if you want to live your life without being on meds, by all means try to get off them with medical supervision of an open minded doctor (hard to find!!!) and non medication therapy from a CBT therapist (a good one is also hard to find! most therapists just want you to a psychiatrist to go on meds, and worse, insurance wont cover it). its not going to be easy, I’ve had a few friends over the years who were medicated young for mental health issues who struggled to get off the meds as adults. the withdrawal symptoms are very real and way worse than advertised for most people. a few days of flu like symptoms my ass. more like a few months of brain zaps and emotional instability, is the way my friends put it.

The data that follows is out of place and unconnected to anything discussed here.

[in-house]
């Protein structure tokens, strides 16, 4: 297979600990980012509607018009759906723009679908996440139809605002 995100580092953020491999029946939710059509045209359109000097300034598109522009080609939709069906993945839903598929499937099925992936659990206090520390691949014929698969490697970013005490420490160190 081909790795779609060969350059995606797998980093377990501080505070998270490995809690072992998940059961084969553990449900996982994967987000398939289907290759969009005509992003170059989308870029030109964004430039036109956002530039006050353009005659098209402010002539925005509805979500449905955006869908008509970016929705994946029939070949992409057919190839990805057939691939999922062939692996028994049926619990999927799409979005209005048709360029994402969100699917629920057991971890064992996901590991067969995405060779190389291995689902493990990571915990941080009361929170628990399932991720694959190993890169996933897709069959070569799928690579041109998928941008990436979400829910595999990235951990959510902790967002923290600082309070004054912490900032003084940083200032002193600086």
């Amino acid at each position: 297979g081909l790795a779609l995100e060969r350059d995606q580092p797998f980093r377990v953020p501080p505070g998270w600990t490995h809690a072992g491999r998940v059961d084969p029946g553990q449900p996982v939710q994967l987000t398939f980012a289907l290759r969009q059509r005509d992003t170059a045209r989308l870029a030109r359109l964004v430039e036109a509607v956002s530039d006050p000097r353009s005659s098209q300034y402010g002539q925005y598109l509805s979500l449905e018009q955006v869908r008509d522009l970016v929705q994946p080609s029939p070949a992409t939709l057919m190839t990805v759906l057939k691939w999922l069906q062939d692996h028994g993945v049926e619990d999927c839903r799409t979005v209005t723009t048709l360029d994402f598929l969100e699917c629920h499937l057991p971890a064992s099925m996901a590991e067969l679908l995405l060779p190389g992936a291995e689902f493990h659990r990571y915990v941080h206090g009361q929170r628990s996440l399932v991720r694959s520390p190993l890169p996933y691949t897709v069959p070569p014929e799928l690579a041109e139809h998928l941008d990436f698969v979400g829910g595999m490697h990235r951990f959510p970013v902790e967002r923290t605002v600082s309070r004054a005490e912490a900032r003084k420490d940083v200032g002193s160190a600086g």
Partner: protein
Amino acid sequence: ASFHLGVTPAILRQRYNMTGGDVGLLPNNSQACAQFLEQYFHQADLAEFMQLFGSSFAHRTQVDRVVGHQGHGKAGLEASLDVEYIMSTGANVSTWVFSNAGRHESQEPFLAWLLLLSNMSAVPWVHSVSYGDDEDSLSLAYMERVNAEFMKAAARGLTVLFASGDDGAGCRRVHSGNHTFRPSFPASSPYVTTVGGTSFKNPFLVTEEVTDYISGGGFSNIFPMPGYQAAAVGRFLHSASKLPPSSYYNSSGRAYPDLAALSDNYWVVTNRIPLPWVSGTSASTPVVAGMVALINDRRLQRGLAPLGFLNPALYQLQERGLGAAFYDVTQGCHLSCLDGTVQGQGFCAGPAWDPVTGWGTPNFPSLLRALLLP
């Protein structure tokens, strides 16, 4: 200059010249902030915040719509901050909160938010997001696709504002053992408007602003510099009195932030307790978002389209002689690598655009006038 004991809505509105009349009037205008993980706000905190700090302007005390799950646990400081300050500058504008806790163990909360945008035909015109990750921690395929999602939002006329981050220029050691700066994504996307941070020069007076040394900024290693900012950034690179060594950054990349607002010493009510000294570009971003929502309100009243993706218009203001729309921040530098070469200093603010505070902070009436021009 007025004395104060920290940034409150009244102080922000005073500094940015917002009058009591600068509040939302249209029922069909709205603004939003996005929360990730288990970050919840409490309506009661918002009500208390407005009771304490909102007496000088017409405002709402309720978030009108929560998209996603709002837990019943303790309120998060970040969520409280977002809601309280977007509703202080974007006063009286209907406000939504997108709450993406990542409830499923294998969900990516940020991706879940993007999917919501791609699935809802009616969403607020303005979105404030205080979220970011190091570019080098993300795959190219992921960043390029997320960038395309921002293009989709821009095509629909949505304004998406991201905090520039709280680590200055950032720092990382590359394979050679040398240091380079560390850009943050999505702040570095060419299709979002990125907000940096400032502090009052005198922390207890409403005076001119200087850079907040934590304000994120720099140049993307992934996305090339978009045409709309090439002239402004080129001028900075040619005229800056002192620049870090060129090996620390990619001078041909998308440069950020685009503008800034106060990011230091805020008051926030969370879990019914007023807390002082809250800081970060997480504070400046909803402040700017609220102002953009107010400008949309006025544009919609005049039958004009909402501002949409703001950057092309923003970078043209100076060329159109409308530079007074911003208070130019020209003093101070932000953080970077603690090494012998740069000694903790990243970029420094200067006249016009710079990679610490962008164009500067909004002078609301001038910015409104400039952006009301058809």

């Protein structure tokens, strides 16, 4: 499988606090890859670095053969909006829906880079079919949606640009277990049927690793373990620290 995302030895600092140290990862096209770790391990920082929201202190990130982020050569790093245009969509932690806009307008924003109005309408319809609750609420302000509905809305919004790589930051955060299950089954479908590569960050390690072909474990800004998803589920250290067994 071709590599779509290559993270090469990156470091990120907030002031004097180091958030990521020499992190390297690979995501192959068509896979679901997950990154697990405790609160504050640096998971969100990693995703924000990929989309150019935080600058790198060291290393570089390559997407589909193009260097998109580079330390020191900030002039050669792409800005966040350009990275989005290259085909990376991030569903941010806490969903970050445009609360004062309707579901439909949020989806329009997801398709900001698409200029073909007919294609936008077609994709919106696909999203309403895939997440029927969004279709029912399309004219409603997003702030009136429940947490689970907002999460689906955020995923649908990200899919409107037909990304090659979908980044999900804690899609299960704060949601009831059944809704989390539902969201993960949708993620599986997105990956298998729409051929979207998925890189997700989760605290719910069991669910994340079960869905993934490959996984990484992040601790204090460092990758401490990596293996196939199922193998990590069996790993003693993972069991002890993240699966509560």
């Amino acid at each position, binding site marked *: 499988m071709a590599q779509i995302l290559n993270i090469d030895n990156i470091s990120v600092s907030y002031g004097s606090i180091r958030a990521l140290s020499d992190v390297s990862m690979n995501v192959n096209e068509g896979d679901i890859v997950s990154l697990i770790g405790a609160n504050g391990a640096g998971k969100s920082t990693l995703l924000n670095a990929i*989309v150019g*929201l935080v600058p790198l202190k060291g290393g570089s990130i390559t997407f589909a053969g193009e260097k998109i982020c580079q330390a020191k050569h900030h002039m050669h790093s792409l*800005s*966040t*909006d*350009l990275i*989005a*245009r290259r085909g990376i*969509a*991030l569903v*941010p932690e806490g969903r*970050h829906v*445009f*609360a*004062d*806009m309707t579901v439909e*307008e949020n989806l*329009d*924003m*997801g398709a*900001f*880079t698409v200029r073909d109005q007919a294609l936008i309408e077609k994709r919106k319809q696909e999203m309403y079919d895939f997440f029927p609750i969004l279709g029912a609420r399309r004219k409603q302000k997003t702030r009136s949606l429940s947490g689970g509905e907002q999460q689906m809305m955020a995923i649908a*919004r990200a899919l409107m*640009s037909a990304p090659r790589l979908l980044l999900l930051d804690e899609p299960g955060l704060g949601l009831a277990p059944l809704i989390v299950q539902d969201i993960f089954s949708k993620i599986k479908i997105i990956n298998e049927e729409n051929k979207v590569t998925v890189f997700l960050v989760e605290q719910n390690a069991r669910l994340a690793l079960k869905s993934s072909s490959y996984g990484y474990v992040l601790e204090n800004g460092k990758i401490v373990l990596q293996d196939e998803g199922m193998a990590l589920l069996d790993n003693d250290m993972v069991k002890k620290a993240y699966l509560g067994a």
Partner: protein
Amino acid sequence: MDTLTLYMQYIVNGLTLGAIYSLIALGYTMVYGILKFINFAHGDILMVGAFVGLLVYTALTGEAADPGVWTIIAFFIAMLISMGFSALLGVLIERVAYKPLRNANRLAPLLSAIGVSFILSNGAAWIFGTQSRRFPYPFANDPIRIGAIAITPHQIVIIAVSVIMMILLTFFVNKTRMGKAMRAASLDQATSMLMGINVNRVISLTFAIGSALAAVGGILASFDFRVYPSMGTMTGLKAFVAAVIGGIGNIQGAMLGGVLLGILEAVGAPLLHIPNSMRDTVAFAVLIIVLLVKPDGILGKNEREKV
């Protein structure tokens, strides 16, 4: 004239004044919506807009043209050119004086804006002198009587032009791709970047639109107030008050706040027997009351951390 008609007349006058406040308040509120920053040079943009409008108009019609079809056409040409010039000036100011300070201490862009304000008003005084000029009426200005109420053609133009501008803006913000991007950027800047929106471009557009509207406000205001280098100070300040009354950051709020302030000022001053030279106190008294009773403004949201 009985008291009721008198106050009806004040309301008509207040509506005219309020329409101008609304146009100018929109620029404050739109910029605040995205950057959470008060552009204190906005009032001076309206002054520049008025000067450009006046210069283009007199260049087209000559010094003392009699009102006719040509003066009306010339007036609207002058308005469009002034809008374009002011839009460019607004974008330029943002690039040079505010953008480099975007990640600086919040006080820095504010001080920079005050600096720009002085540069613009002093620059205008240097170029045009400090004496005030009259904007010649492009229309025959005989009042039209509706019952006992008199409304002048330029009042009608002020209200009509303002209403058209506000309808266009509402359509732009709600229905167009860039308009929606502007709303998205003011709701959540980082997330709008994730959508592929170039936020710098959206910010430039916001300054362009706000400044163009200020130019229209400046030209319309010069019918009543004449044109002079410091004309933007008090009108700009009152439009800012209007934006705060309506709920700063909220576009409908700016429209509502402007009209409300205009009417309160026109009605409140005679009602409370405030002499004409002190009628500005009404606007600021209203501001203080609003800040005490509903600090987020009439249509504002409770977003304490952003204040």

some substances i would look into, to get off the prescription drug train, include 5-htp (supplement found in drug stores and supermarkets) and psychedelic mushrooms. 5-htp has been extremely helpful for me in dealing with anxiety (and as a welcome side effect, i haven’t had migraines since I’ve been on it which is great because you can’t mix it with the migraine meds prescribed to me), costs me $15 a month and i haven’t noticed any side effects besides helpful ones, and I’ve gone a few days without it and i didnt feel any withdrawal symptoms either. but its helpful, 5-htp converts to l-tryptophan in the brain, which is the same substance that you get from eating chicken or turkey – leading to that full, tired, happy feeling after thanksgiving dinner. since I’m a life long vegetarian, i do not get much l-tryptophan naturally. also look into vitamins in general, particularly the Bs, they have an effect on mood. we don’t eat well in this country – lots of shitty processed food full of fat, sugar, and salt, and little nutrients. we need those nutrients not just for our organs to be healthy but for our mood as well. and as for psychedelic mushrooms, theres a lot of promising research on that regarding depression and mood disorders, tons of anecdotes as well on sites like erowid. i personally had one good experience and one bad experience with mushrooms, proper dosing (start small) and your environment and who youre with are key to having a good experience. of course though – to have a successful time with psychedelic mushrooms you have to have anti depressants out of your system for a few weeks/months or they don’t work at all – something about the anti depressants blocks the psyclobin from working, so you get no trip at all. and also, consider weed. it helps some people greatly, and other people it doesn’t work well and creates more problems (particularly with anxiety). it might not work properly until after youre off the pharmaceuticals. and the biggest, best drug of all in terms of treating mental health is not even a pill: it is the chemicals released in your brain after exercising. so exercise more, find a sport you like and go with it. runners high is real (and not limited to just runners). be outside more, and away from screens. nature, exercise, and eating well (more colorful fruits and vegetables, less packaged garbage) will solve most of your problems or at the very least make them more manageable.